Online, Monthly Teddy Bear Magazine

What's My Old Teddy Bear Worth?

Terry & Doris Michaud                                                 April 2009

Some years ago I overheard a customer ask a similar question at an antique show, in regard to a rather large nondescript vase she was holding.

 The dealer’s rather flippant answer was “It depends on whether I am buying or selling.”  He then proceeded on a more friendly tone and pointed out that there were no markings on the vase to identify the maker or age, and it had some serious rim chips. 

He finally came up with a price that he was willing to pay, and she was obviously disappointed, explaining that she saw a similar one on the Antiques Road Show that was appraised at substantially more than the amount the dealer was quoting. 

When the road how expert quotes a value, it should be understood that it is for that specific item, not all “similar” items of the same category. You also must note that he may be quoting an auction value, a retail value or an insurance value.  There could be a fairly wide spread from one category to the other. 

Typically the auction quote will be the lower figure, the retail price will be somewhere in the middle, and the insurance price is generally the highest.  There are many reasons the price will vary greatly, and we’ll discuss some of them.

Photo courtesy

When purchasing an old teddy from the original owner, always ask if there are pictures of her with the bear. A photo can add 20 to 30% to the value

Trying to establish a fair secondary market value for an antique or collectible is not a simple task, regardless of whether you are buying or selling. 

Our specialty has always been in the field of teddy bears, dolls and toys, but the information we offer can generally be applied to most any category.

One of the first myths we need to look at is age.  Many people are convinced that age is the primary factor in determining value. 

While it certainly can influence the price, it is not the biggest factor.

I have seen collectibles from the Baby Boomer age (1950s-1970s) command a substantially higher price than an early cast iron toy from the turn of the century.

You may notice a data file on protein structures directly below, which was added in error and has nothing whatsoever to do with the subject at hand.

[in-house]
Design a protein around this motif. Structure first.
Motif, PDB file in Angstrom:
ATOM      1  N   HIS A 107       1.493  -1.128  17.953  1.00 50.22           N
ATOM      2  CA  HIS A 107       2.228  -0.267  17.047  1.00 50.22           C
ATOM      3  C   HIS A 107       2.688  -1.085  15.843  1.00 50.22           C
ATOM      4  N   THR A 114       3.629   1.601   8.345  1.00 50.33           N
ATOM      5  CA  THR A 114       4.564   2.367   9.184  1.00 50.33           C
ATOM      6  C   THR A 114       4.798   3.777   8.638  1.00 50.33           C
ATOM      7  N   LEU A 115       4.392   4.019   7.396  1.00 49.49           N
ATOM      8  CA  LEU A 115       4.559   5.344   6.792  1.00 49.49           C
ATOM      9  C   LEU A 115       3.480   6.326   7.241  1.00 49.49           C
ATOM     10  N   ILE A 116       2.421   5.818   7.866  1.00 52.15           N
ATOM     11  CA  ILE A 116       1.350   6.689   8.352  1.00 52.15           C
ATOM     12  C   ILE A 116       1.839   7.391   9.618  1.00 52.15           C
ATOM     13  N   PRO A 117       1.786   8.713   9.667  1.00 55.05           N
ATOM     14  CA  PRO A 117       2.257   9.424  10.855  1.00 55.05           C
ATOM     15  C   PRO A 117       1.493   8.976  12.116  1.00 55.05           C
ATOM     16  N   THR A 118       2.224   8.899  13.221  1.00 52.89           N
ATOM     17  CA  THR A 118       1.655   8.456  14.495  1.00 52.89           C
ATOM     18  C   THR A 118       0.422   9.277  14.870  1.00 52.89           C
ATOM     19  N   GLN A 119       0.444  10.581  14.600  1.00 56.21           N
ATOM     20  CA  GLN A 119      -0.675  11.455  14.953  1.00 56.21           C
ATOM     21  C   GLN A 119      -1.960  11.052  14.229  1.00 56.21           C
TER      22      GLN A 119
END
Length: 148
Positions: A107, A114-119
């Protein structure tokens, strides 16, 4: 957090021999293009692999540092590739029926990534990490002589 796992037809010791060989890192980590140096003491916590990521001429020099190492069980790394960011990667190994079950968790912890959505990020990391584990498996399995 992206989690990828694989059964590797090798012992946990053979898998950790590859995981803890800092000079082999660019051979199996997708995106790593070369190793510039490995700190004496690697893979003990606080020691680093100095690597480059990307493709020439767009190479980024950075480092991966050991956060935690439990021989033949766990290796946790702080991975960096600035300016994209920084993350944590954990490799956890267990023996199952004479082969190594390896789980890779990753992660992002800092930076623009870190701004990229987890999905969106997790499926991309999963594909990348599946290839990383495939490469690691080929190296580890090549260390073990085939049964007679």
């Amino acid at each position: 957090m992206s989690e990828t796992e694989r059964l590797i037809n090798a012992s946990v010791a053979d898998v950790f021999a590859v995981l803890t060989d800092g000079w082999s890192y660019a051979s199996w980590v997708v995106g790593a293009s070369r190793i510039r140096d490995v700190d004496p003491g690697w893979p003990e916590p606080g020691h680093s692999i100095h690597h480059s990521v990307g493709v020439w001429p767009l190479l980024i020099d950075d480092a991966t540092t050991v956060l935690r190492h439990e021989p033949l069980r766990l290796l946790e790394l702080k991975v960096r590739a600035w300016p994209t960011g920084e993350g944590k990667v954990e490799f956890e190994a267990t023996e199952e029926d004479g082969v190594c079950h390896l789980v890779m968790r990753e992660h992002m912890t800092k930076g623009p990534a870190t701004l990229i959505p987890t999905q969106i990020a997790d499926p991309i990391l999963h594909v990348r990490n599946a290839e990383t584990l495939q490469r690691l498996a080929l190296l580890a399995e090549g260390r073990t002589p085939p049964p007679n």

As always, it is a question of supply and demand. It’s true that the supply of early cast iron toys is limited, but one has to recognize that the number of people who played with these toys has been greatly diminished by age as well.  

The limited number that remain may have already completed their collection or are no longer collecting. The Baby Boomer crowd are just coming of age where they have disposable income that allows them to invest in toys of their childhood.

With the extensive number of price guides on the market today that cover every antique and collectible imaginable, it should be a simple task to simply thumb through, find your precious collectible pictured exactly like yours, then see what that author has established as the current value. 

Unfortunately, many people overlook the fine print in the price guide that tells you it is only the author’s best judgment on value, which may or may not be based on extensive research.  Most often the author will further state that the price can vary dramatically, depending on condition, desirability, geographic location, and fluctuations in the marketplace.

Having written two price guides, I know just how difficult it is to come up with accurate information. At best, most price guides can simply give a range of values for a specific category, but be aware that that range can vary as much as several hundred percent!